Placental cytokines and preeclampsia

Keelan, Jeffery A. and Mitchell, Murray D. (2007) Placental cytokines and preeclampsia. Frontiers In Bioscience, 12 7: 2706-2727. doi:10.2741/2266

Author Keelan, Jeffery A.
Mitchell, Murray D.
Title Placental cytokines and preeclampsia
Journal name Frontiers In Bioscience   Check publisher's open access policy
ISSN 1093-4715
Publication date 2007-01-01
Sub-type Critical review of research, literature review, critical commentary
DOI 10.2741/2266
Open Access Status Not Open Access
Volume 12
Issue 7
Start page 2706
End page 2727
Total pages 22
Place of publication Albertson, NY, United States
Publisher Frontiers in Bioscience
Language eng
Subject 1103 Clinical Sciences
1114 Paediatrics and Reproductive Medicine
Abstract Preeclampsia is a serious and life-threatening pregnancy complication. Reduced uteroplacental perfusion and oxygen tension, impaired trophoblast differentiation and invasion, and altered placental production of immunomodulators and growth factors are all considered to be important aspects in the aetiology of the condition. The placenta expresses a variety of pro and anti-inflammatory cytokines, adipokines and cytokine-like angiogenic growth factors, production of which is altered in preeclampsia, driven (at least in part) by hypoxia. Altered levels of cytokines have been measured in the circulation of women with preeclampsia, although for reasons that are not always apparent much of the data are disturbingly inconsistent. While the placenta undoubtedly makes an important contribution to plasma cytokine levels, production by maternal peripheral blood mononuclear cells (PBMCs) and other tissues is also likely to be significant, although to what extent remains undetermined. Increased placental expression of soluble receptors occurs with preeclampsia, resulting in elevated circulating concentrations which confer impaired angiogenesis, deficient placental vascularisation, increased placental apoptosis and endothelial dysfunction. The extent to which these changes reflect a response to the disorder, as opposed to being a causative factor in the development of maternal disease, is a matter of some debate. Nevertheless, convincing evidence is now accruing that autocrine/paracrine interactions between placental cytokines/growth factors and the maternal endothelium play a central role in the pathogenesis of preeclampsia.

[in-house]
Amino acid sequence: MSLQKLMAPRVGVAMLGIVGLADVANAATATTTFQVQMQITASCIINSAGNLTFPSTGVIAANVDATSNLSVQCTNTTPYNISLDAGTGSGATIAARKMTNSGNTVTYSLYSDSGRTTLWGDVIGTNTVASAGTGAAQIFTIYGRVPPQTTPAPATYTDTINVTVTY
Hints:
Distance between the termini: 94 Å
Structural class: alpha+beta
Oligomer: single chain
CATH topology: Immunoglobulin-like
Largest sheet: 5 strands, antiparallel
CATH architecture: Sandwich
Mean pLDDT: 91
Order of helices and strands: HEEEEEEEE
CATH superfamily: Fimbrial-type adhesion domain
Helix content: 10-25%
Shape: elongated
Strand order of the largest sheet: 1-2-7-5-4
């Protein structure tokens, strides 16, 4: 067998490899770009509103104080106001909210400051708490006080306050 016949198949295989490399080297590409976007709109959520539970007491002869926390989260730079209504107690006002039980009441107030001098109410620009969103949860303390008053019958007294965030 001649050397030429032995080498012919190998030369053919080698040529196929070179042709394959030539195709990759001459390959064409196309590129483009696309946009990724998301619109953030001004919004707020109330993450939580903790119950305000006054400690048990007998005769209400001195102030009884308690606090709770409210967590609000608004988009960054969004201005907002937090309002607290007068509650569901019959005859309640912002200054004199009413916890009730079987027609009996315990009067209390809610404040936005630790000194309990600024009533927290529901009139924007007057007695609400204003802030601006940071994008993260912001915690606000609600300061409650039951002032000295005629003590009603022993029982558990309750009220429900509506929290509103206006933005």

Keyword Cytokines
Angiogenic growth factors
Endothelial Growth-factor
Blood Mononuclear-cells
Interleukin-1 Receptor Antagonist
Colony-stimulating Factor
Factor-Beta Superfamily
Serum Activin-A
Human Extravillous Trophoblast
Inducible Factor-i
Human Cytotrophoblast Differentiation
Q-Index Code C1
Q-Index Status Provisional Code
Institutional Status Unknown

Document type: Journal Article
Sub-type: Critical review of research, literature review, critical commentary
Collections: UQ Centre for Clinical Research Publications
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Citation counts: TR Web of Science Citation Count  Cited 36 times in Thomson Reuters Web of Science Article | Citations
Scopus Citation Count Cited 40 times in Scopus Article | Citations
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Created: Thu, 26 Aug 2010, 22:56:23 EST